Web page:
Reaction score
2
Points
38
Website
www.lsocs.co.uk
Father Peter said:
Leontius said he found it in Appolinarian writings. I have always taken the view that this shows that it was a term current in Alexandria, and therefore likely to be used by St Cyril, and that it may well have been used by St Athanasius and/or his circle.

I could easily say that "in two natures" is a Theodorean phrase and entirely compromised and that anyone who uses it is promoting the error of Theodore of Mopsuestia and his disciples.
+1
 

rakovsky

Toumarches
Joined
Aug 17, 2006
Messages
12,137
Reaction score
47
Points
48
Location
USA
Website
rakovskii.livejournal.com
Father Peter said:
Leontius said he found it in Appolinarian writings. I have always taken the view that this shows that it was a term current in Alexandria, and therefore likely to be used by St Cyril, and that it may well have been used by St Athanasius and/or his circle.

I could easily say that "in two natures" is a Theodorean phrase and entirely compromised and that anyone who uses it is promoting the error of Theodore of Mopsuestia and his disciples.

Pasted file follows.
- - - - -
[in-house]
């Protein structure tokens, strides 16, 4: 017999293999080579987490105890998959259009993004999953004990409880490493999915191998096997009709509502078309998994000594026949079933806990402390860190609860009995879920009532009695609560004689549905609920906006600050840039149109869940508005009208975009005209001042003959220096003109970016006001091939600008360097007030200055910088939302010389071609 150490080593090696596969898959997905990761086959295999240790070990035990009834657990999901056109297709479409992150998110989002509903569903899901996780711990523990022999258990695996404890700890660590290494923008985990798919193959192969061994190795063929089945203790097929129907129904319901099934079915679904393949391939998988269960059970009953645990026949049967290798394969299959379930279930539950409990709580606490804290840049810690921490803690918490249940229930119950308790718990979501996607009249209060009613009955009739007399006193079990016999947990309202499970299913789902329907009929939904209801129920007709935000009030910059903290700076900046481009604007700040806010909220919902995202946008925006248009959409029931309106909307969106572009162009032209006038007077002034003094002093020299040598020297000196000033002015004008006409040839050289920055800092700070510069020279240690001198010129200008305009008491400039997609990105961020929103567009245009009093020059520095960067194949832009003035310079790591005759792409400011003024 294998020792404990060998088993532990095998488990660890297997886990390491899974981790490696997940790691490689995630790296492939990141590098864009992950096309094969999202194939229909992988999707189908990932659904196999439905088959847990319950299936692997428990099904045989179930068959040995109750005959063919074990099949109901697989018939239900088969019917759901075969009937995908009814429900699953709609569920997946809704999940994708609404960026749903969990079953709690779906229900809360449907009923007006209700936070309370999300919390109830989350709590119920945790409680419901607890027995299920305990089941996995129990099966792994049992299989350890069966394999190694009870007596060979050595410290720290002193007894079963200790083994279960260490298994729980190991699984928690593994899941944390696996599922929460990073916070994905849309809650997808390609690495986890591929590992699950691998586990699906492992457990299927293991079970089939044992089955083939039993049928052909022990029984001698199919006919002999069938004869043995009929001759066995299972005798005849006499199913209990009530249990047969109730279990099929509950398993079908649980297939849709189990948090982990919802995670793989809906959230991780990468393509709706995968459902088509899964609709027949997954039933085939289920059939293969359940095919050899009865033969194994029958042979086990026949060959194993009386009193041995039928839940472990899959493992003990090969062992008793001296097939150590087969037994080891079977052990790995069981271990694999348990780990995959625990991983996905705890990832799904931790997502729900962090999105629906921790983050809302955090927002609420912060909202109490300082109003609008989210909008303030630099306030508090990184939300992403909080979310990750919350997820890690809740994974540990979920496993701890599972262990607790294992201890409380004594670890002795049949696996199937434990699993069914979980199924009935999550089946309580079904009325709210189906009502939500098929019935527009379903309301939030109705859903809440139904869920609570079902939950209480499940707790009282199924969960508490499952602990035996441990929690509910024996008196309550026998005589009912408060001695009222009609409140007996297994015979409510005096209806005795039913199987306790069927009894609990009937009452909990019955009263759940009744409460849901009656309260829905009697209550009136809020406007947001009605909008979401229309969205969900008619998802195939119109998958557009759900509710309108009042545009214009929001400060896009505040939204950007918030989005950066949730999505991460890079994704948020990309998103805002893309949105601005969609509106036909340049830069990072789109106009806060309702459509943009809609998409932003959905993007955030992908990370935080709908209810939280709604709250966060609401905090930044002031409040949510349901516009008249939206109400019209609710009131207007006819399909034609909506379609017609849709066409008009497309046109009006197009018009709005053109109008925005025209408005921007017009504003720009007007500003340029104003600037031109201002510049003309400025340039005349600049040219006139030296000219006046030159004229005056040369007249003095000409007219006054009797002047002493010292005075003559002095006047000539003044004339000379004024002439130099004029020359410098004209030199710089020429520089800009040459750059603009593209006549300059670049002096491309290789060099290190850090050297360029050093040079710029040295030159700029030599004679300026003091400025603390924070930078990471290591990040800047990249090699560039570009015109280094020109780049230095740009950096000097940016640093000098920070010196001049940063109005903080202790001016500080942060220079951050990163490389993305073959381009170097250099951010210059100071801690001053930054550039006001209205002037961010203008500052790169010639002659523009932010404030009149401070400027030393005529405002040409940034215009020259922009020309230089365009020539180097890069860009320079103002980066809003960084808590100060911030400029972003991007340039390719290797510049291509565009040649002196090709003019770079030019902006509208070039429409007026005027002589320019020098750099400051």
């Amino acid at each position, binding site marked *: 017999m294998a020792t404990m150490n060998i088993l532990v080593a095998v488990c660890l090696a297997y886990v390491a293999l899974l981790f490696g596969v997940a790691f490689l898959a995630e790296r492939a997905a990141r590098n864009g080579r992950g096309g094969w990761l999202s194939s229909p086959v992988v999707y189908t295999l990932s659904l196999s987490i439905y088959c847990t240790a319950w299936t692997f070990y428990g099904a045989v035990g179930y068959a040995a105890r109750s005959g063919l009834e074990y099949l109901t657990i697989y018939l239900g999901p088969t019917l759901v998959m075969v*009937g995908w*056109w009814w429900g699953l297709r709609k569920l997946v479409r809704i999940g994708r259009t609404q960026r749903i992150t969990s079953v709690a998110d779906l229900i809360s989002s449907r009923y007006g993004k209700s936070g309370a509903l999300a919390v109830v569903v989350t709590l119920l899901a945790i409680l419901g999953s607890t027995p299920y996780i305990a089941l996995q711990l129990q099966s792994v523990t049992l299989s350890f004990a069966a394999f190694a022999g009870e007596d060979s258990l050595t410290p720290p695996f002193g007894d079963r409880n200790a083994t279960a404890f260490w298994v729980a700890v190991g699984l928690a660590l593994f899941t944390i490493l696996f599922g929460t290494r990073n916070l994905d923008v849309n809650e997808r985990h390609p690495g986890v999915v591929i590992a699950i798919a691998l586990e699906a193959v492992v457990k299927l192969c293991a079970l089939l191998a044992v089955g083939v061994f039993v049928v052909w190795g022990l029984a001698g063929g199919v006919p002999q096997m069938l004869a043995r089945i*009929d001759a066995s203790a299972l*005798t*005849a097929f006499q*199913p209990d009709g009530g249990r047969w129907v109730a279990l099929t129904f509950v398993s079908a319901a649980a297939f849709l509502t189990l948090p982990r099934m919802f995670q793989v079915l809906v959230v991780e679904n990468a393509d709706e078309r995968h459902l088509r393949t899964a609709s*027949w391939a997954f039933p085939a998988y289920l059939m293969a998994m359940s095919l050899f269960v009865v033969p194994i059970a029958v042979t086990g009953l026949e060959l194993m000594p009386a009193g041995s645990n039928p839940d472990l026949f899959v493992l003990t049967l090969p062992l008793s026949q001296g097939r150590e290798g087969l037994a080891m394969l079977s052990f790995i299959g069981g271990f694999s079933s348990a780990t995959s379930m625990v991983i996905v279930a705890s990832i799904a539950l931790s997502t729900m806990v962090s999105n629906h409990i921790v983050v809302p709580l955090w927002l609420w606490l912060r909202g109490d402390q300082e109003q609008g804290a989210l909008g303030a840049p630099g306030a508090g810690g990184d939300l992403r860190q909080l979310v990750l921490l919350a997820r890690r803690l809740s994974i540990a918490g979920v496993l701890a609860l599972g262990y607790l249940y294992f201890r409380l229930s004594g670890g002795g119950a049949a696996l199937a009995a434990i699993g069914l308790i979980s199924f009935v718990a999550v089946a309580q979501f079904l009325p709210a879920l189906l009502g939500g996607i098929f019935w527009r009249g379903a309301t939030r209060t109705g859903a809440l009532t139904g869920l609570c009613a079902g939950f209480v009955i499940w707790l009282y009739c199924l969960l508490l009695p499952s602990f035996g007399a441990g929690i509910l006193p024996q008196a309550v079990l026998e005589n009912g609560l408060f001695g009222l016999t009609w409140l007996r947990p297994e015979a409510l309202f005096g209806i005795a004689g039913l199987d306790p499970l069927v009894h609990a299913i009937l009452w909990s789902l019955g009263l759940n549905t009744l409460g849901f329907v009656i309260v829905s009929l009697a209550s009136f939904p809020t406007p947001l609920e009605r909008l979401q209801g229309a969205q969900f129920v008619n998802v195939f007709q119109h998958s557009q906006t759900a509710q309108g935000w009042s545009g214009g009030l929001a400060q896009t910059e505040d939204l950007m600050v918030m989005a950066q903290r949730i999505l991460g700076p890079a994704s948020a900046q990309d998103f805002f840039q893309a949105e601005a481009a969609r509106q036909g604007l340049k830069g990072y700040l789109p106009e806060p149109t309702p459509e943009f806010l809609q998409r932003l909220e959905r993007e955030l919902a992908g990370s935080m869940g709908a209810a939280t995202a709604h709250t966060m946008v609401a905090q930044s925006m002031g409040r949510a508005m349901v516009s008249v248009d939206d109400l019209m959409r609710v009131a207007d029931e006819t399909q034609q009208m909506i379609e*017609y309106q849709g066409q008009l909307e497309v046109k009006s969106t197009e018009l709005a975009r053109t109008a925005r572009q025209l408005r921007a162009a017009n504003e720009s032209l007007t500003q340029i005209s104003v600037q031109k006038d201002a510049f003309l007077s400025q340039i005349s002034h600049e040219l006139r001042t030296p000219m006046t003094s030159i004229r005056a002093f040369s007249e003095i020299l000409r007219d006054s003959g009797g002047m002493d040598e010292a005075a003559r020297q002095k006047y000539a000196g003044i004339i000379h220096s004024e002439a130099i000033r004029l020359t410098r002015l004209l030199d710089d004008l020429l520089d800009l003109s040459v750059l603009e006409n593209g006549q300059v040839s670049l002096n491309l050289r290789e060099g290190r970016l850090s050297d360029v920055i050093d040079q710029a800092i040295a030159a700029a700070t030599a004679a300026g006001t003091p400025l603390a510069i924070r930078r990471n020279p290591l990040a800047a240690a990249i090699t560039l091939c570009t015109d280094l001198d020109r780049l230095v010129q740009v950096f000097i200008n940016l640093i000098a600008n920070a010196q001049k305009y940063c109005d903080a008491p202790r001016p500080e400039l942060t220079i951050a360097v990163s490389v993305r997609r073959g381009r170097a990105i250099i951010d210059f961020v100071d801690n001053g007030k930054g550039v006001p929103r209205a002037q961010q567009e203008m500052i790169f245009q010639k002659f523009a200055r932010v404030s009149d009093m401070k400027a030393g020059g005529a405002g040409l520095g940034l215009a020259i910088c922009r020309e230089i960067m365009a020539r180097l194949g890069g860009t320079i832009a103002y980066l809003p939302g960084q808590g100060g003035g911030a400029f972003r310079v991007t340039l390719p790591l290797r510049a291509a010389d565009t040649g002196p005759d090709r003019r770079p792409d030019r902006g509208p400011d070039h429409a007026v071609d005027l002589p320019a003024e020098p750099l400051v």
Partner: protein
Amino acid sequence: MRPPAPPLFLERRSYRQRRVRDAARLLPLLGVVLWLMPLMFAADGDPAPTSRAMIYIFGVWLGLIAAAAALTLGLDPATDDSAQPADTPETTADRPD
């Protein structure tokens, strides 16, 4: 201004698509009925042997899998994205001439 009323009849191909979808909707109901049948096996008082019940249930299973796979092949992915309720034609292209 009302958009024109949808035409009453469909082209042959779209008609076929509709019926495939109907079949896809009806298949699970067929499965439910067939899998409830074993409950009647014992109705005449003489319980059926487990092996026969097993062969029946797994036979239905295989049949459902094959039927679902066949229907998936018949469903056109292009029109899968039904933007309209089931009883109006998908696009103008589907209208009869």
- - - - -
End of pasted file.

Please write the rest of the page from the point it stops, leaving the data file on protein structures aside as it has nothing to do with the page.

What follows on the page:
Fr. Peter,
Can you please explain more why you find "in two natures" to be so easily compromised? Is it because you perceive that if one says that something is "in two natures" it must imply that it must be divided into two entities?

But is that really the case, Fr. Peter?

For example:

A "PARTICIPLE is the mood of verbs that take part in two natures, at times verbs, at times adjectives."
http://www.philosophical-investigations.com/tag/grammar/
Words like "burned" or "working" can be either in the nature of a verb or in the nature of an adjective. (eg.: I burned wonderful incense vs. The burned incense is wonderful)

The words are the same, but they can have different meanings, depending on whether the same word is in the nature of a verb or the nature of an adjective.

"Schopenhauer is quite explicit that the world is only to be understood in two natures: namely, representation and will.
https://jordanalexanderhill.wordpress.com/91-2/
Yet Schopenhauer is not speaking of two worlds.

"The exam paper of IB ACIO exam 2012 written test will held in two natures i.e 1.Objective 2.Subjective"
(Source: "Syllabus of IB ACIO-II exam?" May, 2011, entrance-exam.net/forum)
There is one exam, but it is in the form of two natures: An Objective nature and a Subjective nature.

A multiple choice exam is much more objective than an oral exam. However, perhaps even a multiple choice exam can be subjective depending on how the questions are worded.